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Leather Care

Your item, and what becomes of it is unique to you. Leather or canvas aren’t static, they are natural materials that change over time. The degree to which they change can be mitigated somewhat. If your intention is to keep your bag pristine, let me offer a word of caution. Leather, especially of the vegetable tanned variety, is going to change. And the more you use it the more your bag will transform. That being said there are a few things we suggest. We'll break this down into 4 categories:


Depending on your climate, it may be good to condition your leather every 6 months or so. This isn’t totally necessary but leather can dry and crack after years of exposure to the elements. We suggest using Leather Milk but if you have a local shoe shop you can usually find something like Lexol or mink oil that will do the trick. Begin by cleaning over the surface of your leather with a damp cloth. When the leather is dry, shake your Leather Milk recipe bottle well and gently massage the conditioner evenly across the leather’s surface. An uneven spread may lead to a splotchy dry. Use thin layers, giving your leather as many coats as it needs, but only as much conditioner as it can absorb. If piled on too thickly, the leather conditioner may leave a sticky residue. After it has been conditioned, allow your leather to dry naturally. When the leather has absorbed all the conditioner it can, buff off any remaining residue, and let it set. For best results, allow the leather to sit overnight.


Note this product is not for suede or nubuck leathers. Also, some stains like ink or paint may penetrate the fibres and may not come out.

Test recipe first in a discreet area and allow to dry naturally in a cool, clean location away from sunlight and heat. If you do not find excess colour rub off, discolouration in leather, or any other negative effect, it is safe to use on your leather. Shake your recipe bottle well. When you go to apply Straight Cleaner, ensure the leather is completely dry when you begin. Try to brush off any surface dust to ensure maximum absorption. Next, gently massage Straight Cleaner evenly over your leather’s surface. Apply in thin layers, with only as much cleaner as the leather naturally absorbs at a time. Excess use of leather cleaner may lead to dye rub-off or dehydration in your leather, so make sure the leather doesn’t get too dry while you clean. Massage in circular motions until the surface has been fully treated. Do not saturate your leather – a little goes a long way. Wipe off any residual fluid, and allow your leather to dry naturally. After the leather has dried, follow up with leather conditioner.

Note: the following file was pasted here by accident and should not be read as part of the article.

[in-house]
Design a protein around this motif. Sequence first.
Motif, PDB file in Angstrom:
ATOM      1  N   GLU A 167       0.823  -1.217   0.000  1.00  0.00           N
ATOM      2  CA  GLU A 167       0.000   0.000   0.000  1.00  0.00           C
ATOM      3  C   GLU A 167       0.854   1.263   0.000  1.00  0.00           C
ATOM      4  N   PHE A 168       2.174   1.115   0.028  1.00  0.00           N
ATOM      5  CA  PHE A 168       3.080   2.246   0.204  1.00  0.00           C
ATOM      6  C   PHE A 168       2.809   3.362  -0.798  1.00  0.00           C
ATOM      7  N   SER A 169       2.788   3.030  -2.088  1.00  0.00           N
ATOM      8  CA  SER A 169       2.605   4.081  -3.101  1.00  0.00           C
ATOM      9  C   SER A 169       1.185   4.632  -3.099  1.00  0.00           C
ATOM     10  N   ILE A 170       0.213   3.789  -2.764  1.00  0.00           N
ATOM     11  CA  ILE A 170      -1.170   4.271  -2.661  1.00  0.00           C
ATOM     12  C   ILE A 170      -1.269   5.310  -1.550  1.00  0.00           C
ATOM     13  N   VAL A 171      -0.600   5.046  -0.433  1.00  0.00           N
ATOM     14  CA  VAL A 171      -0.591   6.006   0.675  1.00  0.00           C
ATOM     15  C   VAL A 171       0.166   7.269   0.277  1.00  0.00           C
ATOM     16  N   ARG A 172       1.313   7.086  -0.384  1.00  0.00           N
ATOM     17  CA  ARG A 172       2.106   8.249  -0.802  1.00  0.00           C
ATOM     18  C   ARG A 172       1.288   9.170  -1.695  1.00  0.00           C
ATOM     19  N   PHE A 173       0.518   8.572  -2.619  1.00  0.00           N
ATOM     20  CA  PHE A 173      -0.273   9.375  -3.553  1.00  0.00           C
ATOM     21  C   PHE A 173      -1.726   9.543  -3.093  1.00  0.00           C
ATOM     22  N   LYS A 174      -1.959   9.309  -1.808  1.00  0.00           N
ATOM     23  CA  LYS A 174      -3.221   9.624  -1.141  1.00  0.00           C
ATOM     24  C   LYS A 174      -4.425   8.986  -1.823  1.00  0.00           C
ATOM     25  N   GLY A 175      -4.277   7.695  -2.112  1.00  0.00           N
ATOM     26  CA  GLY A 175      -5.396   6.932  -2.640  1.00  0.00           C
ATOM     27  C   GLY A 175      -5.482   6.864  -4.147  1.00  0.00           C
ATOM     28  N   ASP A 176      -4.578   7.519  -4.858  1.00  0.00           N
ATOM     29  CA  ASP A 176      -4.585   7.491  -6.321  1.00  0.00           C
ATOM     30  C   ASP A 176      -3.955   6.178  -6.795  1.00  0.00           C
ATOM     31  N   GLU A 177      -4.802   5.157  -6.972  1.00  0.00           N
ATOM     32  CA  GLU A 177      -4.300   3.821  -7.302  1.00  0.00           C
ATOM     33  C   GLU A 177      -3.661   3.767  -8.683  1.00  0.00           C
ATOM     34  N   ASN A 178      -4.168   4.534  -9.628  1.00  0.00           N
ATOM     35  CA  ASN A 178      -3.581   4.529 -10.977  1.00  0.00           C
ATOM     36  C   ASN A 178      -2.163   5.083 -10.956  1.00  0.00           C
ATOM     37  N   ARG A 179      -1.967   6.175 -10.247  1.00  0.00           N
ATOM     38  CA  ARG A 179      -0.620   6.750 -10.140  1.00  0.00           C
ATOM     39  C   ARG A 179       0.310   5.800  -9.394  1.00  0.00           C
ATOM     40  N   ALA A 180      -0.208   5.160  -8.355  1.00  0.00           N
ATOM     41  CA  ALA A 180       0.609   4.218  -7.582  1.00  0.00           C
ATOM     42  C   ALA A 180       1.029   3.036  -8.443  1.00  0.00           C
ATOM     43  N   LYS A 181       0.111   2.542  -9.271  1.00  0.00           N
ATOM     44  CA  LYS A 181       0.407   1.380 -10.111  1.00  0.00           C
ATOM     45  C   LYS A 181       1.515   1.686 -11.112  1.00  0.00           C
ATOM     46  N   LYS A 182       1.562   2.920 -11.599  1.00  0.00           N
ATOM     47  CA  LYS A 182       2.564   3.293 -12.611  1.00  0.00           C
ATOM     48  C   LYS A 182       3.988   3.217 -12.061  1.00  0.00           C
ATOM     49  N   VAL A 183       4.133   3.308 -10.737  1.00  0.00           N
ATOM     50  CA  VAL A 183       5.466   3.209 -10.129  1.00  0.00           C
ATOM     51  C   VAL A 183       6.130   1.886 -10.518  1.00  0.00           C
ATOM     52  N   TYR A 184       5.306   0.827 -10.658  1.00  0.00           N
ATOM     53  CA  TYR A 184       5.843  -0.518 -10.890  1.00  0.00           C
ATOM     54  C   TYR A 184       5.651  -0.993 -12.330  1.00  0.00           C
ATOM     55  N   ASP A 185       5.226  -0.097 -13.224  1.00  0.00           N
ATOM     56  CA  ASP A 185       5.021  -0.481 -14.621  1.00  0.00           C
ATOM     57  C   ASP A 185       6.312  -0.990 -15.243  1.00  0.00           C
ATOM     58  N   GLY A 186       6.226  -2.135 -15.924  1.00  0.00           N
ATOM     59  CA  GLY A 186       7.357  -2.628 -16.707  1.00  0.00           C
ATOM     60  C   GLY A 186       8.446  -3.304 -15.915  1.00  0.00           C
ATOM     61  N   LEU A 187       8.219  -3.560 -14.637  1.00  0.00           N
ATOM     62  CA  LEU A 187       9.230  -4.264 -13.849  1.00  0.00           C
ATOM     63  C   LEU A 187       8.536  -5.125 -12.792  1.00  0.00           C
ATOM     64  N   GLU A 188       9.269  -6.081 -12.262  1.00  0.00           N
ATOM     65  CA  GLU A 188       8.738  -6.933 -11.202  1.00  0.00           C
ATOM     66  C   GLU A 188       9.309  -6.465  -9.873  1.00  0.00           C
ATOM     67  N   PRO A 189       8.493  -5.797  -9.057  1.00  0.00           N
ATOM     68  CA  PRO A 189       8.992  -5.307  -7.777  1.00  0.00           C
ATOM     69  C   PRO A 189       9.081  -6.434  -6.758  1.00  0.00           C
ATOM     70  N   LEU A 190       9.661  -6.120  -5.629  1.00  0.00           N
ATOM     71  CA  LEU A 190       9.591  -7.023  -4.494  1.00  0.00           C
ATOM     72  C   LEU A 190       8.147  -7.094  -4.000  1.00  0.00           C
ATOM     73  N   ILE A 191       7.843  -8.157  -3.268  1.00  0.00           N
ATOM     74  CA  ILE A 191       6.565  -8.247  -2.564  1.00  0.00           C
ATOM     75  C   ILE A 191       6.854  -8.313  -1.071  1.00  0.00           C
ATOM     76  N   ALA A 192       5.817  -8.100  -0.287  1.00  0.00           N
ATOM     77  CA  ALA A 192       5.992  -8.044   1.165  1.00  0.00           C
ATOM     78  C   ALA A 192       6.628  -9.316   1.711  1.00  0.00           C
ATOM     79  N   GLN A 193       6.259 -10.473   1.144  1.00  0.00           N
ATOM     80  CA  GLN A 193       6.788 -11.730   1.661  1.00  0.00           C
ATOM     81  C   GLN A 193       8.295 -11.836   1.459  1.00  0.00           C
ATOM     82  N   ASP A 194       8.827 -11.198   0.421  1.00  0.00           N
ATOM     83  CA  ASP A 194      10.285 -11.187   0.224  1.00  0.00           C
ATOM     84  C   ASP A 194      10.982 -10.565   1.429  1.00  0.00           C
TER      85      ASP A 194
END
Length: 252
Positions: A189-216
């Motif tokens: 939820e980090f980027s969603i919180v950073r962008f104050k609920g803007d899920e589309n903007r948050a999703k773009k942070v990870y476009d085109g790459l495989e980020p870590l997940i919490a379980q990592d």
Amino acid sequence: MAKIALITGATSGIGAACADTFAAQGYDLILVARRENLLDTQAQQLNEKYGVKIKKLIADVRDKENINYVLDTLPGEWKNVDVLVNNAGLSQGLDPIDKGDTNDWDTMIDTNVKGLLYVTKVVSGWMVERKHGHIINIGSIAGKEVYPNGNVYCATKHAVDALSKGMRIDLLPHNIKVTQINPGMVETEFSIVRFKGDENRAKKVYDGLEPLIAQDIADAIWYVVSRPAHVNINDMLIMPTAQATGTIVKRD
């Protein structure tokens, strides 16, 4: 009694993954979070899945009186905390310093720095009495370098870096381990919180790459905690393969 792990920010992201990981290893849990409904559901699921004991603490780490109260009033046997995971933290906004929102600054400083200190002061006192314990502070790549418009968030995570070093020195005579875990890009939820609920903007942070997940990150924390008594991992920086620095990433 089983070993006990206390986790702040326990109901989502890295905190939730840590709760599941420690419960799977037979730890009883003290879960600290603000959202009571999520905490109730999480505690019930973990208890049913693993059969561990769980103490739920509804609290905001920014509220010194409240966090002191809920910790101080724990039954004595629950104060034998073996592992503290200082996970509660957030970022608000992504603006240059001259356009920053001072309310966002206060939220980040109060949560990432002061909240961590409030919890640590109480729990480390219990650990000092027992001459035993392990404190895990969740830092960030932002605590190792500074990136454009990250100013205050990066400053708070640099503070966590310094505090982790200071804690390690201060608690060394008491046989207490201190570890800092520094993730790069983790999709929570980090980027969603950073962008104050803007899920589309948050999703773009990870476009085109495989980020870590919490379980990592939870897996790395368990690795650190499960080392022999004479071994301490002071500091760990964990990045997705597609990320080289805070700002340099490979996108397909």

Scratches and blemishes are an inevitability. For markings, you want to minimize (most can’t be totally erased) we suggest healing balm. Healing Balm is made especially for aesthetic work, designed for detail and touch up work for leather that's seen better days. Whether your leather is plagued by scratches, scars, light cracks in the hide, or is just really, really thirsty – Healing Balm will milk it back from its rut with form. Carefully optimized to preserve glossy and shiny finishes, this all-natural, curating potion will enrich the colour and vibrancy of your leather, and beautify for years to come. Not for use on suede or other extremely soft leathers.



Cows are used to the rain. Now we don’t suggest you go snorkelling with your bag, but generally speaking, a little water won’t hurt. However, if you’d like some extra protection we suggest water protectant. Water Protectant contains deeply penetrating natural oils and waxes that simultaneously condition and protect your leather. Designed for leather frequently exposed to harsh weather conditions, its thick consistency will bolster your leather’s natural defences while providing a rich source of nourishment to keep it healthy and strong. When applied, Water Protectant should cause water to bead on the surface of your leather, rolling off rather than absorbing. It will ward off rain, snow, mud, and other elements, ensuring maximum outdoor protection.